Todos Santos Had a Marina?

We didn’t know that!
BY: DAVID ZIVIC

OK, maybe it was not really, really a marina, but it is a concrete quay where boats were docked. A quay (also pronounced kay or key) is a wharf or bank where ships and other vessels are loaded and unloaded. It’s usually a concrete, stone, or metal platform lying alongside or projecting into the water for loading and unloading ships. In this case it is in the water.

Todos Santos’ quay handled boats going to and fro with both mainland Mexico and California. It hasn’t been used commercially for more than 50 years now.

It was constructed in 1932 by General Juan Dominguez Cota who was the Governor of the state of Baja California Sur at that time. The first port captain of this installation was Rafael Martinez Colunga and he collaborated on the construction with the local 11th infantry battalion. You can still see the concrete shelf.

Boats would arrive from California and other Mexican ports and they would load up with the local panocha and tomatoes. Panocha is a brown sugar product processed from sugar cane. For a long time, it was the main product of the local agricultural area. The tomatoes were loaded in wooden boxes and shipped to the San Francisco area.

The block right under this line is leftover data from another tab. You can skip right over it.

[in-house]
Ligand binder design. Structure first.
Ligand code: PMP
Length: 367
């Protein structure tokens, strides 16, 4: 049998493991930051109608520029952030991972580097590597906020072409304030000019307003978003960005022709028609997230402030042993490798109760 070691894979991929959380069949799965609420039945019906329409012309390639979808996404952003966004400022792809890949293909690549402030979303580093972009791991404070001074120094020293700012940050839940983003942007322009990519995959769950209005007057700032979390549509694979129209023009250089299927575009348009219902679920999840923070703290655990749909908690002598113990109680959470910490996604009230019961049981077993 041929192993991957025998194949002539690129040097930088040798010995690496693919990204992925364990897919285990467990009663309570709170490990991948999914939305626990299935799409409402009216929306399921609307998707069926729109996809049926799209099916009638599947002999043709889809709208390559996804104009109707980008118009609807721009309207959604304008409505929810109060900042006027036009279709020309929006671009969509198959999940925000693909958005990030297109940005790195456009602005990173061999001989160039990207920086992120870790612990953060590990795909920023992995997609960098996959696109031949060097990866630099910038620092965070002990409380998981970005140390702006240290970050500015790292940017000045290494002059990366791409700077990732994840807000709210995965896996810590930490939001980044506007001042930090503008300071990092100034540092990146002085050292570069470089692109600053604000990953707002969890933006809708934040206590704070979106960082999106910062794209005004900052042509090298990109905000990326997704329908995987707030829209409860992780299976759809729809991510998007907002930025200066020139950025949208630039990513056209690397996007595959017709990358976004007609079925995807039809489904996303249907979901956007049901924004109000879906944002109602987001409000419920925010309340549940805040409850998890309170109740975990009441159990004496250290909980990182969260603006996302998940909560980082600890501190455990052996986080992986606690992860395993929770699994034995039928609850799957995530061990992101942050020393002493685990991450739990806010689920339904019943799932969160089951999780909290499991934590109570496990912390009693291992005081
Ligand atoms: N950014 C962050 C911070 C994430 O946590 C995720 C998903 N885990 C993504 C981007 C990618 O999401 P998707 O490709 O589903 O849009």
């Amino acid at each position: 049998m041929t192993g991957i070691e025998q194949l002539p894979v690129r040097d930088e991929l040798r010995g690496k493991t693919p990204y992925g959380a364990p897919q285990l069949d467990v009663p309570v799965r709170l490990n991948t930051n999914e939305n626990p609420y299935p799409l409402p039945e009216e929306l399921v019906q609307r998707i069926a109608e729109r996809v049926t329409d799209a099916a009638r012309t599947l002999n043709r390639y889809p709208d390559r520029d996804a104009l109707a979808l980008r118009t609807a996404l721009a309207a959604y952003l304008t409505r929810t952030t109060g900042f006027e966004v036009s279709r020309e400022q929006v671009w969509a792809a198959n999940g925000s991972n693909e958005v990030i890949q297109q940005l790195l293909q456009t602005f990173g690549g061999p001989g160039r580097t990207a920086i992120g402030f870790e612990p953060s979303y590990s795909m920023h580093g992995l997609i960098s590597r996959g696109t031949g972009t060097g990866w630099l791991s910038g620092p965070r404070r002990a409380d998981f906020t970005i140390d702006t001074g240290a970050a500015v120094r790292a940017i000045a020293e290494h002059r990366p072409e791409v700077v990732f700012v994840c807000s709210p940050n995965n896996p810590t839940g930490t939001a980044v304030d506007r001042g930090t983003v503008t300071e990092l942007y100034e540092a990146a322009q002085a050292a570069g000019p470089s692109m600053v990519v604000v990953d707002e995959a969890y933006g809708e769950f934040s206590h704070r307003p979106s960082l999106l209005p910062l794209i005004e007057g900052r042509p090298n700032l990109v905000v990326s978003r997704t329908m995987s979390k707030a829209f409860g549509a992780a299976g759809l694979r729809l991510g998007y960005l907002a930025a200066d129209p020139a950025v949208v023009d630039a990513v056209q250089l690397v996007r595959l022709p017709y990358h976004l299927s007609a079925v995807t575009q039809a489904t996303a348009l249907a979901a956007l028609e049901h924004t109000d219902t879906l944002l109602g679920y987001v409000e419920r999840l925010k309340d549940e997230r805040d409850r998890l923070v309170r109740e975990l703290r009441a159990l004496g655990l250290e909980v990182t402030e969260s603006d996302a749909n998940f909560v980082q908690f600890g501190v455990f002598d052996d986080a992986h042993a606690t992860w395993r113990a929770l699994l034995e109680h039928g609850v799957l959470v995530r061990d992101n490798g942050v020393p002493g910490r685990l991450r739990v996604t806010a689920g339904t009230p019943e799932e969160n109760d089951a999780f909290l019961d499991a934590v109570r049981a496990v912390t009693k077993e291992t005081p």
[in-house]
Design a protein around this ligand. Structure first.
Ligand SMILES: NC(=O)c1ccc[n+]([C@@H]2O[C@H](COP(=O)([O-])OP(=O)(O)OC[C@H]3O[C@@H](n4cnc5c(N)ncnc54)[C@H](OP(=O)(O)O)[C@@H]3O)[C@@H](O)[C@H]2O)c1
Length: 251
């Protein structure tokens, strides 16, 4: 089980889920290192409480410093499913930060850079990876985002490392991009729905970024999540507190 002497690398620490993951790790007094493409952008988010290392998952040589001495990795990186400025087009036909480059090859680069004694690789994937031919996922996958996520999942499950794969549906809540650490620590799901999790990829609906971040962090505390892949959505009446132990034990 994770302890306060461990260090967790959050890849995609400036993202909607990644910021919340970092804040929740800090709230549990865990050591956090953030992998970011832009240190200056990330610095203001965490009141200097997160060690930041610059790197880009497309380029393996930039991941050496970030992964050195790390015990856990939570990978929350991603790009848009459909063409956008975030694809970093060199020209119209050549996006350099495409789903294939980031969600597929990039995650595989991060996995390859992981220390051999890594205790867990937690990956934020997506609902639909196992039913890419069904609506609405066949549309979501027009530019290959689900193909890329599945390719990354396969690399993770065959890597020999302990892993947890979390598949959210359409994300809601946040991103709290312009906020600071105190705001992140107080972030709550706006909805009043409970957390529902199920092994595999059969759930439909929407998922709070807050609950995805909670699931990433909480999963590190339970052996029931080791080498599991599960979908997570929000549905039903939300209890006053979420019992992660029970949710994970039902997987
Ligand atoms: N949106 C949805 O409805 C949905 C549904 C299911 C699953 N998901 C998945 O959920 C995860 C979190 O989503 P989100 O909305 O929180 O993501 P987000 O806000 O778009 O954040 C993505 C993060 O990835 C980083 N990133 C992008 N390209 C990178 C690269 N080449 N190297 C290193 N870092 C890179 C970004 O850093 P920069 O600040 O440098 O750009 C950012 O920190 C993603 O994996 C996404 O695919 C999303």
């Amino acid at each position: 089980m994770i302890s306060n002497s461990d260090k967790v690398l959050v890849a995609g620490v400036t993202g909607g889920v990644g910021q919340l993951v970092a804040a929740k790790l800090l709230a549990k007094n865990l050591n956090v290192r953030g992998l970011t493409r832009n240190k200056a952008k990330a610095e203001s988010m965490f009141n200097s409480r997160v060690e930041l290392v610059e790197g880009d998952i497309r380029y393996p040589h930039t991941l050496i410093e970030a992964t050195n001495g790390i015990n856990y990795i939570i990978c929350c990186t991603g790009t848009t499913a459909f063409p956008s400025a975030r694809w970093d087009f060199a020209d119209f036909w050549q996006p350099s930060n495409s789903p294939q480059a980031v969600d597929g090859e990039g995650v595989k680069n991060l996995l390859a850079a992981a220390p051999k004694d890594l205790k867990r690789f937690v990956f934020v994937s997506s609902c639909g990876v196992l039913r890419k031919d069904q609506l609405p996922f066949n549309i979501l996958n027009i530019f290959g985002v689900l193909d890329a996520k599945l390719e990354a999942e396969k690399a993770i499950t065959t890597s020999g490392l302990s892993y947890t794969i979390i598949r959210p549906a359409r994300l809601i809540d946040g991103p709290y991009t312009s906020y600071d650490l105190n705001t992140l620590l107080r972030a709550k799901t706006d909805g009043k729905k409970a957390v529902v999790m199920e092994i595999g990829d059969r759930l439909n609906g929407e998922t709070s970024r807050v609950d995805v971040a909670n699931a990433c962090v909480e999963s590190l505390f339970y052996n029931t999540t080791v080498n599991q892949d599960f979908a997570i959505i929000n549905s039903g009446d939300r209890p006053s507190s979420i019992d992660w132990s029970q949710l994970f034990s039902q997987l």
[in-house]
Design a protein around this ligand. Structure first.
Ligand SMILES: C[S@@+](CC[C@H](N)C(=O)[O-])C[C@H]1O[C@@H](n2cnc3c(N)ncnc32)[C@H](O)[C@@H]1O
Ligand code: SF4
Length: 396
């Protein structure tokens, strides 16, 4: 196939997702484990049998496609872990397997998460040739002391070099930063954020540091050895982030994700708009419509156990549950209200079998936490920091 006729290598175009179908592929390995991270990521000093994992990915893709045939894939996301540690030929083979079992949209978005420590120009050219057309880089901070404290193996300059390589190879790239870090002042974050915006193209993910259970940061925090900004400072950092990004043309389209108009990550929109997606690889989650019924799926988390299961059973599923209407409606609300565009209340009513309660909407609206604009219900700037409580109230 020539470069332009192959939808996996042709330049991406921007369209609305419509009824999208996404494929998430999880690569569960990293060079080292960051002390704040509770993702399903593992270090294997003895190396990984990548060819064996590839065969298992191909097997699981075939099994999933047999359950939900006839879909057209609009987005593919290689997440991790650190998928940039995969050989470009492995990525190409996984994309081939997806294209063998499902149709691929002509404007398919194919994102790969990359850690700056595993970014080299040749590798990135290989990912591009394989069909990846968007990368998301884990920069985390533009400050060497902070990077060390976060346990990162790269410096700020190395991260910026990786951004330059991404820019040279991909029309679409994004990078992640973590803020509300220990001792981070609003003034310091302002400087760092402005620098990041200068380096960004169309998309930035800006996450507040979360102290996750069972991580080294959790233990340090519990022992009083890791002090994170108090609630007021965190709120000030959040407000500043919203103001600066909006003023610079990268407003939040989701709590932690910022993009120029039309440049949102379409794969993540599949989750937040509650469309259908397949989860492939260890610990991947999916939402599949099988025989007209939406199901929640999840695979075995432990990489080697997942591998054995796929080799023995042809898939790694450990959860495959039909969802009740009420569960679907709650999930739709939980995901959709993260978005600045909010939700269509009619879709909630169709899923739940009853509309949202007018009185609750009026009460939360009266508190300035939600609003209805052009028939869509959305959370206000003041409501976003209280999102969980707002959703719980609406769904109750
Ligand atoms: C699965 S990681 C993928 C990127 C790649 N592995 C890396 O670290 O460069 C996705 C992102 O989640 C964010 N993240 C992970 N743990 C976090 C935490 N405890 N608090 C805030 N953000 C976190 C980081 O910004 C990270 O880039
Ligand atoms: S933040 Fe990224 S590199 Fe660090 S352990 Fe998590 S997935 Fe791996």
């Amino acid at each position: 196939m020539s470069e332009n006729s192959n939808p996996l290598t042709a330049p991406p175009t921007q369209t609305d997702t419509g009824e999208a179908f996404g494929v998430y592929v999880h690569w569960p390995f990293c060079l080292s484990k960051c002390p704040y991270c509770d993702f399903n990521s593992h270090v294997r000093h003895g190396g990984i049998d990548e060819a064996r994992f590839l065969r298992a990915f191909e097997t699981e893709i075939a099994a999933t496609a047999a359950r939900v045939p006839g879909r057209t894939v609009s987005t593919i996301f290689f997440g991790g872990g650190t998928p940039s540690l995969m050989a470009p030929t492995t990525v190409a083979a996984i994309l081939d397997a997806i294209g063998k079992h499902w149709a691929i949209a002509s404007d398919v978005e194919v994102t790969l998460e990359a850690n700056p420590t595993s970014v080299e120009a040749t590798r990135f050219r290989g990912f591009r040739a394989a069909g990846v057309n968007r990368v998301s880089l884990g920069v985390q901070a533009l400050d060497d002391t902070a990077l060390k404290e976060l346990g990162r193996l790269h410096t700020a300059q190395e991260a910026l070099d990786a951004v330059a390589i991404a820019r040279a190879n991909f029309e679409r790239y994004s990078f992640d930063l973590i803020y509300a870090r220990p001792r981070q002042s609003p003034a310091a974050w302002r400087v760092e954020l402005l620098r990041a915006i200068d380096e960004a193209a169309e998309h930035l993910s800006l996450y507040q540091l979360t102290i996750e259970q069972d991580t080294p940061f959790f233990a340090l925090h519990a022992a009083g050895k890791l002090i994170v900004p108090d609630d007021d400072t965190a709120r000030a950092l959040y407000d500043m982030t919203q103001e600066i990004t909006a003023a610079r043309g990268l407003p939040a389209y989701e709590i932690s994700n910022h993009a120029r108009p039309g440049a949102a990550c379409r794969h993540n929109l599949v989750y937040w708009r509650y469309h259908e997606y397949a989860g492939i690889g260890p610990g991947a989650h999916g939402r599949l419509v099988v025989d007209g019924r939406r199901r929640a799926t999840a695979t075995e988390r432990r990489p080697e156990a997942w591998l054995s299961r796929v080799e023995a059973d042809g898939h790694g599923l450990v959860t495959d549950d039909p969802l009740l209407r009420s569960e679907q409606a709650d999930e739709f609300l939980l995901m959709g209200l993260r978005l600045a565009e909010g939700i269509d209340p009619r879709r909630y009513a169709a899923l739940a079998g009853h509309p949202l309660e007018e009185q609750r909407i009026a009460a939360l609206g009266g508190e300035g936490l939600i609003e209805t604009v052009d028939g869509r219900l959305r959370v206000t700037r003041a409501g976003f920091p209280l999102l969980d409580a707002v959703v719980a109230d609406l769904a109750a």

One of these many tomato freighters that plied the waters between here and the Bay Area was the boat named Molokai. She was said to have been the most frequent and popular vessel of the fleet, and was crewed with Japanese and American sailors.

With the demise of sugar cane as a viable cash crop came the end of the sugar cane panocha export business. Sugar production was dealt a mortal blow by the water shortage in the 1950s. Next the trans-peninsular highway was built in the 60s and early 70s, ending the need for sea transportation for the tomatoes, which meant there was no need for a wharf either.

To find the old marina, you have to claw your way up the very steep hill behind the headland on the south side of Punta Lobos. When you arrive at the saddle, you can either enjoy the view of the marina from above or climb down for a closer look. At the bottom is a small cove, officially called Puerto Campechano,

And there you have it, the story of the only marina in Todos Santos!